If you were coming to the Durham County Courthouse Monday morning, you might have noticed something new out front.
Same thing if you were going past the corner of Foster and Corporation streets.
The somethings new are sculptures, and two more big, perhaps perplexing installations are going up today, at American Tobacco and CCB Plaza.
Eight more, across downtown, on Thursday. And on Friday night a party open to all to celebrate and open the six-month Bull City Sculpture Show.
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“It’s really kind of a gift to Durham,” said Denise Schreiner, who is on the board of the nonprofit Liberty Arts, which is sponsoring the city’s first-of-its-kind exhibition.
Liberty Arts, created in 2000 as a spinoff of Durham Central Park, had its roof cave in, literally, at the Liberty Warehouse three years ago. Re-established in East Durham, it has organized and found funding to make itself “national players in the arts scene,” said Durham sculptor Michael Waller, whom Schreiner credits with proposing the project.
“We’re turning the city into a gallery,” he said.
For the show, Liberty Arts is bringing in a dozen sculptures from as close as Carrboro and as far as Florida, Maine and Michigan and putting them on display for six months – mostly along the Blackwell-Foster Street corridor from American Tobacco past Durham Central Park.
“We were looking for something that would put our stamp on something big in the city,” Waller said.
Liberty Arts spread word of the show through the international magazine Sculptor, through informal artists’ networks and directly to “all the arts councils we could possibly get hold of,” said Liberty Arts President Jackie MacLeod.
Durham architect Phil Freelon picked the 12 sculptures from the sculptors’ applications, which Liberty Arts encouraged with $2,500 stipends.
Liberty Arts wanted to put “a Durham spin” on typical sculpture-show, which if they have stipends at all, average $1,000, Waller said. Artists in the Durham show are also having their cost to come to Durham covered, plus food and lodging and a reception and public party to honor them and what they do.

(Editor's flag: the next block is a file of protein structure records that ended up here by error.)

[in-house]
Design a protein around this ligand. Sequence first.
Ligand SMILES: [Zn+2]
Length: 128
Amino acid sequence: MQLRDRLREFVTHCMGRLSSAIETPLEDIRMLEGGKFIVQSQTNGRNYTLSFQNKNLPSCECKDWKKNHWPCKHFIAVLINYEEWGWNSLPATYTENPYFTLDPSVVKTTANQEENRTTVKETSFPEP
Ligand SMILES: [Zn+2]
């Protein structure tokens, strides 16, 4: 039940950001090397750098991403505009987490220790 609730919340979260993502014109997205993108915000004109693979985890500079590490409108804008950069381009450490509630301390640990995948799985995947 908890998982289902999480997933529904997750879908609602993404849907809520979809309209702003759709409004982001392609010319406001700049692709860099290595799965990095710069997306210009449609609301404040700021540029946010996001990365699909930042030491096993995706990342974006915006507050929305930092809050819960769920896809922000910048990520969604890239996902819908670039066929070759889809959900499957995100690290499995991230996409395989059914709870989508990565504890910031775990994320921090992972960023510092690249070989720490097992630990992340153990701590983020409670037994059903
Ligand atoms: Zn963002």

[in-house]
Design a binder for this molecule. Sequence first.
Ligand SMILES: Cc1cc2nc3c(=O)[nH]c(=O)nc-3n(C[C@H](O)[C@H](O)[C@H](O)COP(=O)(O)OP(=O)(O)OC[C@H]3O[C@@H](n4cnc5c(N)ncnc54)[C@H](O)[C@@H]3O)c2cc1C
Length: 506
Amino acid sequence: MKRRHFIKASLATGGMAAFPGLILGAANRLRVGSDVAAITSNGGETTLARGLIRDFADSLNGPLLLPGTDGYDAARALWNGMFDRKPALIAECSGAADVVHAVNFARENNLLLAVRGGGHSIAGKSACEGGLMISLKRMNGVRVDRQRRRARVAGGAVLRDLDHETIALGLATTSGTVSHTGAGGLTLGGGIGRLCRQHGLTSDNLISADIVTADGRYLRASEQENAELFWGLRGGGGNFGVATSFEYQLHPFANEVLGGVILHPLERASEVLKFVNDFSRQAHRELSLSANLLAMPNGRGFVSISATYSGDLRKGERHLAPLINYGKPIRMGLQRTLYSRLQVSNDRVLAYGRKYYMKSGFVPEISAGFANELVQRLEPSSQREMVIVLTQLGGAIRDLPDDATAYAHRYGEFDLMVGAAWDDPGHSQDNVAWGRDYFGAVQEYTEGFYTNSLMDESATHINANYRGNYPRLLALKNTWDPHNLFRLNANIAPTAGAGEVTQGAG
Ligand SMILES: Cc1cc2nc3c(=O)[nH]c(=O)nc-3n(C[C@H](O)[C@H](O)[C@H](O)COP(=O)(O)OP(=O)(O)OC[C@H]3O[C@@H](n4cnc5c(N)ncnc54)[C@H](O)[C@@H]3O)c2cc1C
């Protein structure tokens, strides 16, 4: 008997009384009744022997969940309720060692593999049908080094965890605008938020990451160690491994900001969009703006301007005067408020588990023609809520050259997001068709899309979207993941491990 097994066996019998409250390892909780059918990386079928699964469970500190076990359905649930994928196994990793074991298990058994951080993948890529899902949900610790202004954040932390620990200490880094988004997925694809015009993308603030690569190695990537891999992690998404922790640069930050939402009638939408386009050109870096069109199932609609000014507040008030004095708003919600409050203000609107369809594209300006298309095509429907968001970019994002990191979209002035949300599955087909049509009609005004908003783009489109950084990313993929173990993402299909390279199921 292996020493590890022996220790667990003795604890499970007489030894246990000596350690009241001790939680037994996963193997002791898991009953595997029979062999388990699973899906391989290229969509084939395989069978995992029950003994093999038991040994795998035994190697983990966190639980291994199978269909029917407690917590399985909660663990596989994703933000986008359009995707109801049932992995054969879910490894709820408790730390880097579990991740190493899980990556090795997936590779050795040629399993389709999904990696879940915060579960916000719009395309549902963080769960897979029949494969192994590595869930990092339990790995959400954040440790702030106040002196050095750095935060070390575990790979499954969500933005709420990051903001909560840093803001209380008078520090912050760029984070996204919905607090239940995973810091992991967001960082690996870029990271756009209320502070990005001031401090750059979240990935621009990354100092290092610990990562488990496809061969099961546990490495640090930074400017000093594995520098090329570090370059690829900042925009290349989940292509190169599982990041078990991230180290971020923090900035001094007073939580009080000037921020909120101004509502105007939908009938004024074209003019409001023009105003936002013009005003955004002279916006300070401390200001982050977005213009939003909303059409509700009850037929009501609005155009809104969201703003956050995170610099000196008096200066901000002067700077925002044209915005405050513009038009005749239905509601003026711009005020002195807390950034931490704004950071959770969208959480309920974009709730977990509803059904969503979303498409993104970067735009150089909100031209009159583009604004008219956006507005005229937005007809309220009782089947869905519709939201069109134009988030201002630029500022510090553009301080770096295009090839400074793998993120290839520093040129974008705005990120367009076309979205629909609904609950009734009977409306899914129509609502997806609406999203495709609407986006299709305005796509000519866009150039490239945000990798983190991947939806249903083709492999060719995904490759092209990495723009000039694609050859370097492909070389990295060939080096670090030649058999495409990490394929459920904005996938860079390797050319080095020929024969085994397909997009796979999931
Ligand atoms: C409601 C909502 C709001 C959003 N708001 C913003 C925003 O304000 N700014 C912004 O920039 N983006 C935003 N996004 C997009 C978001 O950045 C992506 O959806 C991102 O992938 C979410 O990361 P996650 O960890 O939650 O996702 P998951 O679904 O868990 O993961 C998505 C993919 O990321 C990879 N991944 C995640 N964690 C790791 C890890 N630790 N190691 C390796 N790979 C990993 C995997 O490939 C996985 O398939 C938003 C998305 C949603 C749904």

“They’re excited about being treated really well,” MacLeod said.
Waller and his wife, sculptor Leah Foushee Waller, created Major, the bronze bull that stands at CCB Plaza. Major was cast in the Hill Pavilion from molds they fashioned in Liberty Arts’s former studio adjoining the pavilion in the Liberty Warehouse.
They developed the idea for a major exhibition to show off the sculptor’s art and promote public art. Others liked the idea and began raising money. They had about $20,000, Waller said, when the Liberty Warehouse roof collapsed in May 2011.
Liberty Arts and the other artists and nonprofits that rented there were forced to pack up and move out in a hurry. At the time, it appeared disastrous; with time, not so bad.
“The phone calls started coming,” MacLeod said. Liberty Arts’ plight, and that of the others displaced, attracted assistance and raised their proiles. In May 2012, when the group reopened with studio space at the Cordoba Center, on Franklin Street beside the Golden Belt complex, 800 people turned up, she said.
“We never had that many people come to anything we did,” MacLeod said. “They knew what we had gone through.”
Setting up the new studio took all the money raised for the sculpture show. Still, when Waller re-raised the idea to the Liberty Arts board, “We all wanted to do this,” she said.
Once an online campaign brought in $25,000, businesses and the city chipped in, raising the total to $65,000, MacLeod said; and Waller said the board and staff and others have put in “tens of thousands of thousands of hours” gratis.
“We’re not making a dime,” he said. “It’s a gift.”